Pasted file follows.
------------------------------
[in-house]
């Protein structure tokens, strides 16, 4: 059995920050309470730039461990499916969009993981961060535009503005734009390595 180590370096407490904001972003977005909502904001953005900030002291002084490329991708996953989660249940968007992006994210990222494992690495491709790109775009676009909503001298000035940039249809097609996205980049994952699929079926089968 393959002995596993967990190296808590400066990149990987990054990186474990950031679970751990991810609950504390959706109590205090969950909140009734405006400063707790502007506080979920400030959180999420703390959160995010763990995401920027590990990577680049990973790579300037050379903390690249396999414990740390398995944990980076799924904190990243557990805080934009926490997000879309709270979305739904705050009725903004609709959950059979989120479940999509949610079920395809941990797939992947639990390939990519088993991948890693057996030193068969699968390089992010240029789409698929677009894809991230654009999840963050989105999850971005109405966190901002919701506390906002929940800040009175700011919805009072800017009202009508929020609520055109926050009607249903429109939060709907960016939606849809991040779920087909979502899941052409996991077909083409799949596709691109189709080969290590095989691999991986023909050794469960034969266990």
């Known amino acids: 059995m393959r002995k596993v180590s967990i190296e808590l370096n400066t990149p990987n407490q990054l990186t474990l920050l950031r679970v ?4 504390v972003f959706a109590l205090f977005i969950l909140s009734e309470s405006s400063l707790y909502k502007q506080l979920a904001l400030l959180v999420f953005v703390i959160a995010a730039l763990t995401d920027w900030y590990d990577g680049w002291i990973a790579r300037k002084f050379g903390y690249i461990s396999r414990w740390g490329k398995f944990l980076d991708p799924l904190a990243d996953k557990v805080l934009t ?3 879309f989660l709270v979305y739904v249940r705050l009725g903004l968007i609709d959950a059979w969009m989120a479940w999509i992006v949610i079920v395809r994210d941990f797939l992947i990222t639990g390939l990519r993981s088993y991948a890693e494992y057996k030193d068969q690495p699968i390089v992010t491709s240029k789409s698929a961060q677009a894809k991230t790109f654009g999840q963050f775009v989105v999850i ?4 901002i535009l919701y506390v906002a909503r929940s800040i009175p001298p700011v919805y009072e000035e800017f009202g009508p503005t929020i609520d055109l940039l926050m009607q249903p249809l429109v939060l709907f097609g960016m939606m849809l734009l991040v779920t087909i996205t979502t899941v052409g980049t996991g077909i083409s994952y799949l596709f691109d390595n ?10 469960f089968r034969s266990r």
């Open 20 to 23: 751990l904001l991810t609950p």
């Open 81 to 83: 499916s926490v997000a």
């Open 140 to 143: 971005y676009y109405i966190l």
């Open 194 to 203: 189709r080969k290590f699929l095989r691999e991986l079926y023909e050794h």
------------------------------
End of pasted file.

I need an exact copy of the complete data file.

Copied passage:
[in-house]
């Protein structure tokens, strides 16, 4: 059995920050309470730039461990499916969009993981961060535009503005734009390595 180590370096407490904001972003977005909502904001953005900030002291002084490329991708996953989660249940968007992006994210990222494992690495491709790109775009676009909503001298000035940039249809097609996205980049994952699929079926089968 393959002995596993967990190296808590400066990149990987990054990186474990950031679970751990991810609950504390959706109590205090969950909140009734405006400063707790502007506080979920400030959180999420703390959160995010763990995401920027590990990577680049990973790579300037050379903390690249396999414990740390398995944990980076799924904190990243557990805080934009926490997000879309709270979305739904705050009725903004609709959950059979989120479940999509949610079920395809941990797939992947639990390939990519088993991948890693057996030193068969699968390089992010240029789409698929677009894809991230654009999840963050989105999850971005109405966190901002919701506390906002929940800040009175700011919805009072800017009202009508929020609520055109926050009607249903429109939060709907960016939606849809991040779920087909979502899941052409996991077909083409799949596709691109189709080969290590095989691999991986023909050794469960034969266990």
């Known amino acids: 059995m393959r002995k596993v180590s967990i190296e808590l370096n400066t990149p990987n407490q990054l990186t474990l920050l950031r679970v ?4 504390v972003f959706a109590l205090f977005i969950l909140s009734e309470s405006s400063l707790y909502k502007q506080l979920a904001l400030l959180v999420f953005v703390i959160a995010a730039l763990t995401d920027w900030y590990d990577g680049w002291i990973a790579r300037k002084f050379g903390y690249i461990s396999r414990w740390g490329k398995f944990l980076d991708p799924l904190a990243d996953k557990v805080l934009t ?3 879309f989660l709270v979305y739904v249940r705050l009725g903004l968007i609709d959950a059979w969009m989120a479940w999509i992006v949610i079920v395809r994210d941990f797939l992947i990222t639990g390939l990519r993981s088993y991948a890693e494992y057996k030193d068969q690495p699968i390089v992010t491709s240029k789409s698929a961060q677009a894809k991230t790109f654009g999840q963050f775009v989105v999850i ?4 901002i535009l919701y506390v906002a909503r929940s800040i009175p001298p700011v919805y009072e000035e800017f009202g009508p503005t929020i609520d055109l940039l926050m009607q249903p249809l429109v939060l709907f097609g960016m939606m849809l734009l991040v779920t087909i996205t979502t899941v052409g980049t996991g077909i083409s994952y799949l596709f691109d390595n ?10 469960f089968r034969s266990r």
């Open 20 to 23: 751990l904001l991810t609950p």
């Open 81 to 83: 499916s926490v997000a």
């Open 140 to 143: 971005y676009y109405i966190l």
């Open 194 to 203: 189709r080969k290590f699929l095989r691999e991986l079926y023909e050794h």